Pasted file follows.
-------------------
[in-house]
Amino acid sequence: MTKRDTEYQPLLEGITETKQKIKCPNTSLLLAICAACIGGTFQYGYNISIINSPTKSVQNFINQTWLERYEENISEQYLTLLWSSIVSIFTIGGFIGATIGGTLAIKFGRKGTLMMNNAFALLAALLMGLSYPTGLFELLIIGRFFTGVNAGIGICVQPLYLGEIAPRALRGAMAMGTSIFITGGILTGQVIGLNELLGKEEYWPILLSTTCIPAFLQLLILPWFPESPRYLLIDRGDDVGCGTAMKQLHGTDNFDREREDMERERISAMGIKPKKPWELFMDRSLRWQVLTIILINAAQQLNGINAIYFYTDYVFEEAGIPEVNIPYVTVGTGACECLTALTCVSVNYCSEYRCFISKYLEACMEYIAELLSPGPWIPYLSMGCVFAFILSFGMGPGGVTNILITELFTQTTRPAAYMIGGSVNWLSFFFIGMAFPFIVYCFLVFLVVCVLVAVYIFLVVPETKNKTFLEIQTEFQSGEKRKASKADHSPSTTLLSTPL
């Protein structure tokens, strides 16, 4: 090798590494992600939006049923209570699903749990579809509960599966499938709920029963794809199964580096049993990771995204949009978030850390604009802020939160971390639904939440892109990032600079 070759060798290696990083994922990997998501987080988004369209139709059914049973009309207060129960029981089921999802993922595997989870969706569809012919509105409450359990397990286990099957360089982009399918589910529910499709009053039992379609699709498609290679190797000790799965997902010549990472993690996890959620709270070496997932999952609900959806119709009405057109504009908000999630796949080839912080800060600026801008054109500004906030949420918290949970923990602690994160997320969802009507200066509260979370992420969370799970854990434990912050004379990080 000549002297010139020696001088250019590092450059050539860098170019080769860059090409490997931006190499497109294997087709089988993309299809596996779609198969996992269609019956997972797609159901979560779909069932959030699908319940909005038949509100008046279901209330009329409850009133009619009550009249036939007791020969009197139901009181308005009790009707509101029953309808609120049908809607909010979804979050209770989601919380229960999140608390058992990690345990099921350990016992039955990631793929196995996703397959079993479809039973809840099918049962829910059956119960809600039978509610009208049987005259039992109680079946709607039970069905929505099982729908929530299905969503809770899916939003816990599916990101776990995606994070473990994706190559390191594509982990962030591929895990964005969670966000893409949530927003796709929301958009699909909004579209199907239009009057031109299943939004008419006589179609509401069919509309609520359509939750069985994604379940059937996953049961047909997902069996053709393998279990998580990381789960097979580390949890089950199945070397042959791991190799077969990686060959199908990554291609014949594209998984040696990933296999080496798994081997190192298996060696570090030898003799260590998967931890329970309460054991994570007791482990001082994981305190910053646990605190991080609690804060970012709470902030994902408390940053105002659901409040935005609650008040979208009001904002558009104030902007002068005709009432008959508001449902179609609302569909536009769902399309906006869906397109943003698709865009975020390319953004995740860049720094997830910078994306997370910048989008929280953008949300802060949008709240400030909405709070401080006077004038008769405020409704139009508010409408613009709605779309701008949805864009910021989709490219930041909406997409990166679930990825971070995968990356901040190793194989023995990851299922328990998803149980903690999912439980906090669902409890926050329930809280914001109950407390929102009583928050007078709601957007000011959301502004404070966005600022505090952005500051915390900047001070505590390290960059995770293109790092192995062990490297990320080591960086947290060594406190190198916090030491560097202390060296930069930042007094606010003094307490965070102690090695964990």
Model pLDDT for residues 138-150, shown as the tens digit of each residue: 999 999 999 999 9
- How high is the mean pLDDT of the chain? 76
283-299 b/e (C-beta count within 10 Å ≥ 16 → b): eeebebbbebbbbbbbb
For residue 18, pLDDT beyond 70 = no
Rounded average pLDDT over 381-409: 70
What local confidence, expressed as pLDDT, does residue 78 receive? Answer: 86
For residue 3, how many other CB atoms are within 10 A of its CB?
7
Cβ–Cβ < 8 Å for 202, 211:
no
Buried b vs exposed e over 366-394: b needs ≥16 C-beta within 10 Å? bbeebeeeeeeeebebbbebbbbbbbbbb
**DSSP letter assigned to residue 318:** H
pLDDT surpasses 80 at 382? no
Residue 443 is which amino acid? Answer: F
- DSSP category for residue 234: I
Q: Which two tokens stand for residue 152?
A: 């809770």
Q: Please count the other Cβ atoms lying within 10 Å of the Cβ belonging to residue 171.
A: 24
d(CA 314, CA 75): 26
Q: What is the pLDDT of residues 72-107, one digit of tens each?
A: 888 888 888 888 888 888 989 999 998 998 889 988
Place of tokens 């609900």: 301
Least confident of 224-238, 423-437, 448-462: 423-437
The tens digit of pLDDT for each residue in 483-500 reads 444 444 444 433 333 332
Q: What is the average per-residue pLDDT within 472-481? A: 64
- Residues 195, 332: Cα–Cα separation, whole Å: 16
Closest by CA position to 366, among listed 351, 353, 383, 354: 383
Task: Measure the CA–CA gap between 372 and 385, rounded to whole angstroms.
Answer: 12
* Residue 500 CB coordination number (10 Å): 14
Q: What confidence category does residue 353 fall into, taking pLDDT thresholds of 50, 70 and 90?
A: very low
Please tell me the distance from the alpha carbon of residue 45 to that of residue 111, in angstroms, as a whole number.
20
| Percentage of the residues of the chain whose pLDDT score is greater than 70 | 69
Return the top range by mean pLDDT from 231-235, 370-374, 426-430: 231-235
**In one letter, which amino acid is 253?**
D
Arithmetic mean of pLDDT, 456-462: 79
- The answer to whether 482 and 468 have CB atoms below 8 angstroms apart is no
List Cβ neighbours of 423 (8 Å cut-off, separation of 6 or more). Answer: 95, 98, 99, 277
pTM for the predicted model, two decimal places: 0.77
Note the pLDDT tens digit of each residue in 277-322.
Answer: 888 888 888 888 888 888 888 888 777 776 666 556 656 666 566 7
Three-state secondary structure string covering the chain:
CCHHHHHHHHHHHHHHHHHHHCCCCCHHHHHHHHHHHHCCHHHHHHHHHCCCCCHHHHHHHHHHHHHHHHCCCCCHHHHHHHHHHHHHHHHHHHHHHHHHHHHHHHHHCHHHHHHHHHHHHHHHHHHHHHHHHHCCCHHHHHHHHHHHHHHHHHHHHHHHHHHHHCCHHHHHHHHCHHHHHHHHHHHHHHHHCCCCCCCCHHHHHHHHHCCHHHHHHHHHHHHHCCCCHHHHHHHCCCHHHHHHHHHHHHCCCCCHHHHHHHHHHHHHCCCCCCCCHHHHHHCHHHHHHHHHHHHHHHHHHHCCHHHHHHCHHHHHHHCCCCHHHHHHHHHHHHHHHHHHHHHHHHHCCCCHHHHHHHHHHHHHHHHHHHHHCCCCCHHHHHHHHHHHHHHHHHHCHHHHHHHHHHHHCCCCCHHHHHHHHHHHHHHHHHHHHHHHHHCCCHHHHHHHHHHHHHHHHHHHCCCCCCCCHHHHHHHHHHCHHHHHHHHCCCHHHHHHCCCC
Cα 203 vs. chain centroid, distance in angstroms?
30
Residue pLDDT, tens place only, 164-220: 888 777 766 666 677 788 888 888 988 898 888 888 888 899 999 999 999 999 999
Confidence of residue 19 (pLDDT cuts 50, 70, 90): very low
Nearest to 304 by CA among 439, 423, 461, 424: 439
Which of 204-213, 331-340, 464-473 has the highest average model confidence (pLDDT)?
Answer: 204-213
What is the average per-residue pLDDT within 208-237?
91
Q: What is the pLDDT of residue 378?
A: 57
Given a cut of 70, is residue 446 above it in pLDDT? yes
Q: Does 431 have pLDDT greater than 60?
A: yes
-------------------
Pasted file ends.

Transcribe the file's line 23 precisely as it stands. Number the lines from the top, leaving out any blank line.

d(CA 314, CA 75): 26